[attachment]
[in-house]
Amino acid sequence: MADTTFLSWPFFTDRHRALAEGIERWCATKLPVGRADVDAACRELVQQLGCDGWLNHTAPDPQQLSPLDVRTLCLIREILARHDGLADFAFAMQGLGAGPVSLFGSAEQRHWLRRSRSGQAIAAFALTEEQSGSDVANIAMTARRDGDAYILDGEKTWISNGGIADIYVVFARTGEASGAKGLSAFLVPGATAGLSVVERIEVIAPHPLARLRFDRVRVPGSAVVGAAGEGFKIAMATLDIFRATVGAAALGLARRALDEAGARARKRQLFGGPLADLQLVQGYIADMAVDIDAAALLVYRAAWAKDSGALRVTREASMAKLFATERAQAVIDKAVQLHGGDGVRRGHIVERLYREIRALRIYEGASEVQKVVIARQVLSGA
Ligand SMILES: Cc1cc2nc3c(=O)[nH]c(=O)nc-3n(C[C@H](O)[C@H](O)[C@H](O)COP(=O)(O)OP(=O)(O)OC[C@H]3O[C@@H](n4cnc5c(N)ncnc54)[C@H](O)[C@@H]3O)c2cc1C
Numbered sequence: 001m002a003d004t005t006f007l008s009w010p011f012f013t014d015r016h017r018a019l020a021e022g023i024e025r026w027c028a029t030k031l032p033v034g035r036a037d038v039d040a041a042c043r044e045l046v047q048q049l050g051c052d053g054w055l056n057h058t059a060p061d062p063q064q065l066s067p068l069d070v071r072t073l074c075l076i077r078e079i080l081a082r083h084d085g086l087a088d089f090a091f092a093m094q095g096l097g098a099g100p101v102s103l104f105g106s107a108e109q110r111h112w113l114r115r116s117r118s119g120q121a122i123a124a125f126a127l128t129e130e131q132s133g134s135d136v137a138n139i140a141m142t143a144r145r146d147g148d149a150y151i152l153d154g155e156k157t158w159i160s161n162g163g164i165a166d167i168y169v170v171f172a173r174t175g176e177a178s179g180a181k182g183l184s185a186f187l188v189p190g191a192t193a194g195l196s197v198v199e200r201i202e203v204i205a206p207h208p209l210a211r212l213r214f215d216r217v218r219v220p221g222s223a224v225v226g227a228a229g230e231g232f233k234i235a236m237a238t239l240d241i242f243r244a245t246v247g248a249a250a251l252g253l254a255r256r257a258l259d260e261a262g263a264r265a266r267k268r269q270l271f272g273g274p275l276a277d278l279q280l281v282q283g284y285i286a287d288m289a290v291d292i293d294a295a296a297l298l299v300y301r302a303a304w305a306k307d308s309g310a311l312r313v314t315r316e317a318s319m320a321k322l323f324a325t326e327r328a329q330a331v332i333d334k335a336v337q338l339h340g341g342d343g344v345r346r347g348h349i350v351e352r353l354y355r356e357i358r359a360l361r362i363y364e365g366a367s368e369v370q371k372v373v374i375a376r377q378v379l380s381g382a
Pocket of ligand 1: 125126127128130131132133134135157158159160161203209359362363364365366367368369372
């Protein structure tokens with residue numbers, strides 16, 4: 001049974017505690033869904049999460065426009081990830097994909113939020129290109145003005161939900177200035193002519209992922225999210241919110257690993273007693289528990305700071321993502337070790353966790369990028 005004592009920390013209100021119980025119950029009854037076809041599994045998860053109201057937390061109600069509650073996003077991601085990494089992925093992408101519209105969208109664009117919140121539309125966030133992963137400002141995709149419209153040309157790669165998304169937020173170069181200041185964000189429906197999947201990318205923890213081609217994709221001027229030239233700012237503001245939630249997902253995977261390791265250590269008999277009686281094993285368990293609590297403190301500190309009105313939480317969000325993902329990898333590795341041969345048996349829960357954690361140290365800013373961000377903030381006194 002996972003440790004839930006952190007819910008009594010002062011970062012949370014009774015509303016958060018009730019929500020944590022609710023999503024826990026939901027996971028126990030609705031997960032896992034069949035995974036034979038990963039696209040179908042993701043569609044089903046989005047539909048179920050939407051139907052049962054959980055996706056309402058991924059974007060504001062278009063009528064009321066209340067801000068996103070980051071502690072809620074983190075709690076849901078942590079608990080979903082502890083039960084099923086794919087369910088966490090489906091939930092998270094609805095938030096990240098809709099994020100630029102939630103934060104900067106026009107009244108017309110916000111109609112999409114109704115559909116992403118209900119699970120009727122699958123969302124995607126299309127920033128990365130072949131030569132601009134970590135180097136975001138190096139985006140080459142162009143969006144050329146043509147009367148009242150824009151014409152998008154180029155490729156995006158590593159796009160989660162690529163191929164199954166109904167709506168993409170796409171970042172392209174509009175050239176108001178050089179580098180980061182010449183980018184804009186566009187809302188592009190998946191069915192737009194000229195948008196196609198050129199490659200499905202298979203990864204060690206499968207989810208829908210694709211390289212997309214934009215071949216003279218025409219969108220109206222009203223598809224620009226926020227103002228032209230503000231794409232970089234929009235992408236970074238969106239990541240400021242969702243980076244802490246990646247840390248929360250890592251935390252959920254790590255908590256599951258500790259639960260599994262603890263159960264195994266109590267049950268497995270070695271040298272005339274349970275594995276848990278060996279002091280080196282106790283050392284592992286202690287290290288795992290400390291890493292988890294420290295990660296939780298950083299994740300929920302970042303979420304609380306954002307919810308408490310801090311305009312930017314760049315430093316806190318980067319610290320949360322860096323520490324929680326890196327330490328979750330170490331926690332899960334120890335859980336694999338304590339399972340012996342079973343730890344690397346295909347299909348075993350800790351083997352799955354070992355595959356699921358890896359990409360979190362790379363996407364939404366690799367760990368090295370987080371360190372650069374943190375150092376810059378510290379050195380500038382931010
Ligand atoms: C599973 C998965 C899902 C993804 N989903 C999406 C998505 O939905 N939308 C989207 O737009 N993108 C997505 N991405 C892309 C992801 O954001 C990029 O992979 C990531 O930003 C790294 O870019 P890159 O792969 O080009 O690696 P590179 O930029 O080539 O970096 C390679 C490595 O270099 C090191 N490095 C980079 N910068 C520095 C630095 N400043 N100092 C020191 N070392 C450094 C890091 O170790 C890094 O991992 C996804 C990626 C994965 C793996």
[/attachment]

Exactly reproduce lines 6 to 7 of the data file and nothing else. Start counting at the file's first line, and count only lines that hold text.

């Protein structure tokens with residue numbers, strides 16, 4: 001049974017505690033869904049999460065426009081990830097994909113939020129290109145003005161939900177200035193002519209992922225999210241919110257690993273007693289528990305700071321993502337070790353966790369990028 005004592009920390013209100021119980025119950029009854037076809041599994045998860053109201057937390061109600069509650073996003077991601085990494089992925093992408101519209105969208109664009117919140121539309125966030133992963137400002141995709149419209153040309157790669165998304169937020173170069181200041185964000189429906197999947201990318205923890213081609217994709221001027229030239233700012237503001245939630249997902253995977261390791265250590269008999277009686281094993285368990293609590297403190301500190309009105313939480317969000325993902329990898333590795341041969345048996349829960357954690361140290365800013373961000377903030381006194 002996972003440790004839930006952190007819910008009594010002062011970062012949370014009774015509303016958060018009730019929500020944590022609710023999503024826990026939901027996971028126990030609705031997960032896992034069949035995974036034979038990963039696209040179908042993701043569609044089903046989005047539909048179920050939407051139907052049962054959980055996706056309402058991924059974007060504001062278009063009528064009321066209340067801000068996103070980051071502690072809620074983190075709690076849901078942590079608990080979903082502890083039960084099923086794919087369910088966490090489906091939930092998270094609805095938030096990240098809709099994020100630029102939630103934060104900067106026009107009244108017309110916000111109609112999409114109704115559909116992403118209900119699970120009727122699958123969302124995607126299309127920033128990365130072949131030569132601009134970590135180097136975001138190096139985006140080459142162009143969006144050329146043509147009367148009242150824009151014409152998008154180029155490729156995006158590593159796009160989660162690529163191929164199954166109904167709506168993409170796409171970042172392209174509009175050239176108001178050089179580098180980061182010449183980018184804009186566009187809302188592009190998946191069915192737009194000229195948008196196609198050129199490659200499905202298979203990864204060690206499968207989810208829908210694709211390289212997309214934009215071949216003279218025409219969108220109206222009203223598809224620009226926020227103002228032209230503000231794409232970089234929009235992408236970074238969106239990541240400021242969702243980076244802490246990646247840390248929360250890592251935390252959920254790590255908590256599951258500790259639960260599994262603890263159960264195994266109590267049950268497995270070695271040298272005339274349970275594995276848990278060996279002091280080196282106790283050392284592992286202690287290290288795992290400390291890493292988890294420290295990660296939780298950083299994740300929920302970042303979420304609380306954002307919810308408490310801090311305009312930017314760049315430093316806190318980067319610290320949360322860096323520490324929680326890196327330490328979750330170490331926690332899960334120890335859980336694999338304590339399972340012996342079973343730890344690397346295909347299909348075993350800790351083997352799955354070992355595959356699921358890896359990409360979190362790379363996407364939404366690799367760990368090295370987080371360190372650069374943190375150092376810059378510290379050195380500038382931010
Ligand atoms: C599973 C998965 C899902 C993804 N989903 C999406 C998505 O939905 N939308 C989207 O737009 N993108 C997505 N991405 C892309 C992801 O954001 C990029 O992979 C990531 O930003 C790294 O870019 P890159 O792969 O080009 O690696 P590179 O930029 O080539 O970096 C390679 C490595 O270099 C090191 N490095 C980079 N910068 C520095 C630095 N400043 N100092 C020191 N070392 C450094 C890091 O170790 C890094 O991992 C996804 C990626 C994965 C793996």